Even if this does not happen, Orbans support is a “Medveđa usluga” a disservice, as it only reaffirms the opposition from enlargement skeptics to any country joining the EU. France and the Netherlands, two of the most skeptical countries agreed to the new methodology, yet untested, as it would allow for reversibility in the accession process and closer monitoring. Orban’s—and with it Várhelyi’s—support for Serbia is the opposite, not based on the criteria, uncritical and thus certain to trigger opposition by France and other sceptics at some point. Serbia’s future in the European Union looks more uncertain than ever with Orban has its supporter. This might suit Vučić, who has been systematically reducing support for EU membership among the population due to the anti-EU campaign by pro-regime media for years. As a result, citizens of Serbia are least convinced about joining the EU. Only 53.2% are mostly or fully in favour of joining the EU in a poll over the summer by IPSOS, commissioned by BiEPAG, whereas in the rest of the region, the numbers are between 78.5% in North Macedonia and 93.7% in Albania. The low numbers are thus not a result of the long wait or unfair treatment, North Macedonia beats Serbia on both, but due to government spin.

The combination of the false promise of Orbans path to the European Union and the anti-European spin of the Vučić government are helping to bury the prospect of enlargement, more so than the countries that are sceptical about new countries joining the EU.

The text was published in Serbian as Лажна привлачност Орбанове Европе in NIN on 14.10.2021

Don’t let the Roma represent themselves, they can’t be trusted

Some interviews are best without any comment. Here is an interview with Bela Kurina, who represents the Roma Democratic Party in the Novi Sad assembly. The party caught some attention in May already for not having a SINGLE Roma representative among the six candidates it received after winning 6.4 % of the vote in local elections. Kurin, a former official of JUL and DSS, noted that there are Herzegovinians, Slavonians and Montenegrins on the list, but Roma could be too easily bought to be put on the list.  It isn’t clear who the president of the party is as Blic notes that the president is Tomislav Bokan, who also used to be a DSS official and for the SRS and put three family members on the party list [comment by Kurin: if there were 78 Bokans, they would all be on the list of the party].  There have been some suggestions in Danas, that its electoral success might have been helped by, how shall we call it, some financial assistance to voters.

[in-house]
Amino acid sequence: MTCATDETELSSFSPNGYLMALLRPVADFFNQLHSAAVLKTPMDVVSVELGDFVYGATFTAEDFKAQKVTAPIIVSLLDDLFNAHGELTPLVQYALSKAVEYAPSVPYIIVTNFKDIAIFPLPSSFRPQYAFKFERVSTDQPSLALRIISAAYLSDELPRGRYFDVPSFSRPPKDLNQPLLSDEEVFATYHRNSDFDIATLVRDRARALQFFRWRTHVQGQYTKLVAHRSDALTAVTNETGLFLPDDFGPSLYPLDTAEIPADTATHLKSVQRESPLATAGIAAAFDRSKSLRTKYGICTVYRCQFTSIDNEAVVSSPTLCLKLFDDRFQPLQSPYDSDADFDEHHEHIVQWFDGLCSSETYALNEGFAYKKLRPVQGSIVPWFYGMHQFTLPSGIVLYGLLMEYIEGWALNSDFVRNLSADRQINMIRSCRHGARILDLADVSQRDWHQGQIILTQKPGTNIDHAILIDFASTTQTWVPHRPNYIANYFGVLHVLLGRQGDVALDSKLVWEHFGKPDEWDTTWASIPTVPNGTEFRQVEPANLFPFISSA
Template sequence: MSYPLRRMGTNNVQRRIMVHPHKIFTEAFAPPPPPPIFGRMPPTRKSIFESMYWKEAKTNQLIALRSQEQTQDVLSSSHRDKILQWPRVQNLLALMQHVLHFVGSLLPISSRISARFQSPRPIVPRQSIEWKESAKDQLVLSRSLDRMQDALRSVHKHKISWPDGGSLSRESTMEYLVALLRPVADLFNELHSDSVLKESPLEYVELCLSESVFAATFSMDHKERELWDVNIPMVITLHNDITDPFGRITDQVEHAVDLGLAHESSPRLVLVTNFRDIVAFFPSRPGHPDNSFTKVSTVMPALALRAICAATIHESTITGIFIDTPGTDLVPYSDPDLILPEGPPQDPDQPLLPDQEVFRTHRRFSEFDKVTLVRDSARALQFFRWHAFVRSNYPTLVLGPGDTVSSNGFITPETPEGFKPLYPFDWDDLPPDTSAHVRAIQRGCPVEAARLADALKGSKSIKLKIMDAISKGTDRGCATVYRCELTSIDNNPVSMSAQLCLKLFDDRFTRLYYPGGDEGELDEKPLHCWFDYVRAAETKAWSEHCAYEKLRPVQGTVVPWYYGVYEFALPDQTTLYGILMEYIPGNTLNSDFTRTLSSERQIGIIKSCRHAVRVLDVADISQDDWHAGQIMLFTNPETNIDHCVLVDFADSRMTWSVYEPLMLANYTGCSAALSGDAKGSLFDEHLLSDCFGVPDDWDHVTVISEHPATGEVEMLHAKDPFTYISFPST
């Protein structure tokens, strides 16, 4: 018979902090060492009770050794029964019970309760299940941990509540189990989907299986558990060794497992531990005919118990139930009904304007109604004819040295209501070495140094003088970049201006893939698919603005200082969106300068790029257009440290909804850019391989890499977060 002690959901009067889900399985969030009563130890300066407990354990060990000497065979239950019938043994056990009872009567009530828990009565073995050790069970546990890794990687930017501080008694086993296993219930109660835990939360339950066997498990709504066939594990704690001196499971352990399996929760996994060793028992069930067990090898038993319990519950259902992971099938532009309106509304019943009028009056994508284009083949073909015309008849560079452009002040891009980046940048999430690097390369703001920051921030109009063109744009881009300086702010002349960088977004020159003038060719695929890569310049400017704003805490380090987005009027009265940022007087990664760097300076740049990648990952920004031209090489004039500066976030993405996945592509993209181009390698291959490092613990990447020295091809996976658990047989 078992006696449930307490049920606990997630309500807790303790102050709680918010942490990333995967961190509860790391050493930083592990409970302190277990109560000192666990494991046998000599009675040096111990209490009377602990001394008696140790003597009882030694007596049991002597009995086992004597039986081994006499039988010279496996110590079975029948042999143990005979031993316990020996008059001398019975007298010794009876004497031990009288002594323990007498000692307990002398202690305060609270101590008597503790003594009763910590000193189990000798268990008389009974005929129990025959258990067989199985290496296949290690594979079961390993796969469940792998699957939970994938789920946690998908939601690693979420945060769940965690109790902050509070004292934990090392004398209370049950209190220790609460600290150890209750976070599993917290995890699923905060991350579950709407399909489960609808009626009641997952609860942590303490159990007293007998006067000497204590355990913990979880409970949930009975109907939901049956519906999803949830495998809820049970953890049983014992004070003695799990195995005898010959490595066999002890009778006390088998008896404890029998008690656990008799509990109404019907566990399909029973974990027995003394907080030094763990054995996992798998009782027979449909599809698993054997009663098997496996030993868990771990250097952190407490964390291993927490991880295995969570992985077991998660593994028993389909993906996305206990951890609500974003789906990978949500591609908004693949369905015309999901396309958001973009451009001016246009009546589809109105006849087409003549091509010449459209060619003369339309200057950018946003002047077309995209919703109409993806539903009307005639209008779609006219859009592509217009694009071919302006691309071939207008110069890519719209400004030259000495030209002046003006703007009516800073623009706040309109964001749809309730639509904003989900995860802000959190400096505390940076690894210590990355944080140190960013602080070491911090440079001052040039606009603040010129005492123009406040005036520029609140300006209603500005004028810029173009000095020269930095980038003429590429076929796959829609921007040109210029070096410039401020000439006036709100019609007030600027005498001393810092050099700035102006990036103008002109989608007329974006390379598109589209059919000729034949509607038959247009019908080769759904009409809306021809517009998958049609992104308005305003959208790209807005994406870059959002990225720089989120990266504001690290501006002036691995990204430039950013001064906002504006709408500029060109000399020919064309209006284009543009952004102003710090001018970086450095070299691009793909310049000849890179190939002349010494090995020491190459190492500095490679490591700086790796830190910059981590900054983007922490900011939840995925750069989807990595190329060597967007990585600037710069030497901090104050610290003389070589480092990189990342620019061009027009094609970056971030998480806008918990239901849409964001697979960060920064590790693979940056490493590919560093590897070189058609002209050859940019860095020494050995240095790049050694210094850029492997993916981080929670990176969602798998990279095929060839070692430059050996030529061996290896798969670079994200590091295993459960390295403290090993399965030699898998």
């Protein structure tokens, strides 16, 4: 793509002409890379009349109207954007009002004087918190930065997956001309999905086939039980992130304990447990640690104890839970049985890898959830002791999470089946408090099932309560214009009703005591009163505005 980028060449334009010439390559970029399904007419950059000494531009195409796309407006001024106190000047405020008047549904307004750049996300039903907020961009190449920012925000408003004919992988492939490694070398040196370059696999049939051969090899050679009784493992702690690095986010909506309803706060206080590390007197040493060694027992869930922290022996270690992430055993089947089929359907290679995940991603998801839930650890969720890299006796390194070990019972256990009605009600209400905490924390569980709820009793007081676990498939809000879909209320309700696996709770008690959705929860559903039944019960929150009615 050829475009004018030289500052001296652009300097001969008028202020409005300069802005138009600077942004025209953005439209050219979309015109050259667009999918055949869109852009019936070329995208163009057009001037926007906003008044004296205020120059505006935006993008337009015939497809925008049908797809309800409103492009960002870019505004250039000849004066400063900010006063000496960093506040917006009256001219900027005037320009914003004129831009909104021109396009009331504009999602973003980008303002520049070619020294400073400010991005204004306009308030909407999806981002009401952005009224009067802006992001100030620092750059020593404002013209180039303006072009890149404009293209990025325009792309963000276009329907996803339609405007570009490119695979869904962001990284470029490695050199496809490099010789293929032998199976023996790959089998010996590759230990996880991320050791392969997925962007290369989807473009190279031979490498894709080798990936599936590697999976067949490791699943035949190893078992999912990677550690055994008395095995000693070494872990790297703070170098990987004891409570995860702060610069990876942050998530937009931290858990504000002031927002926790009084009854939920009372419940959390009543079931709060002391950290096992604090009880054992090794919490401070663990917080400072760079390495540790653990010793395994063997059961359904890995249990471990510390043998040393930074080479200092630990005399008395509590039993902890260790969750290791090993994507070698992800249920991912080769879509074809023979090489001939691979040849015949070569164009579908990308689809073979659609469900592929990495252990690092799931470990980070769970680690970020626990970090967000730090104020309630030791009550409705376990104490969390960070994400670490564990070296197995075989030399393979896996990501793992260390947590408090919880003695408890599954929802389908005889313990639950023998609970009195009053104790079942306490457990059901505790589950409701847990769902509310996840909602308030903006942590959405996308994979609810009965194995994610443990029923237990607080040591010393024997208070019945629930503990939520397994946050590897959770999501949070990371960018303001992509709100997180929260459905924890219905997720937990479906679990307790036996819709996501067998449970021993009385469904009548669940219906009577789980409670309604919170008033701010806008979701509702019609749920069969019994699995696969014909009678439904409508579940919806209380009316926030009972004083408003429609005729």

Now Kurin gave an interview a la for the Vojvodina show politbiro that was re-broadcast on RTS in the talk show “Da mozda ne” on 13 December 2012.

Here are some highlights in English:

“Imagine that we would have Roma on the list of candidates for councilors. This is something I could not allow. You know what happens, not just here, but also in general in Serbia in parliament that the seat [of an MP of councilor] belongs to the person and not the party and that he can decide with whom to be. We simply did not want to have people in the party who will sell themselves… The only party that until the end of the four year mandate [he has a bit of hard time getting that straight], the Roma Democratic Party cannot be manipulated with and not one councilor can be bought because these are people with a material basis and serious, and I think that there is no price for buying councilors of party.”

“We asked from them for the city cleaning considering, as you know, this is Roma business, or rather Roma mostly work there… we were promised this by [the DS] and when we asked for this after the formation of local government, this [option] was for a reason I don’t know eliminated.”

“We also asked for half of the gardening services…in the end we ourselfs said, don’t give us the gardening services, just give us the cleaning services. If we manage this, we can see what we can do, but they did not give it out, they want to control everything.”

And thus the incorruptable Roma Democratic Party broke with the Democratic Party and joined the Progressive Party in their new city government. Now they got their control over the cleaning services, as well as Urbanism (including tourism). And thus the benevolent non-Roma can unselfishly employ some more Roma in Novi Sad.

[thanks to Dušan Pavlović for drawing my attention to this interview]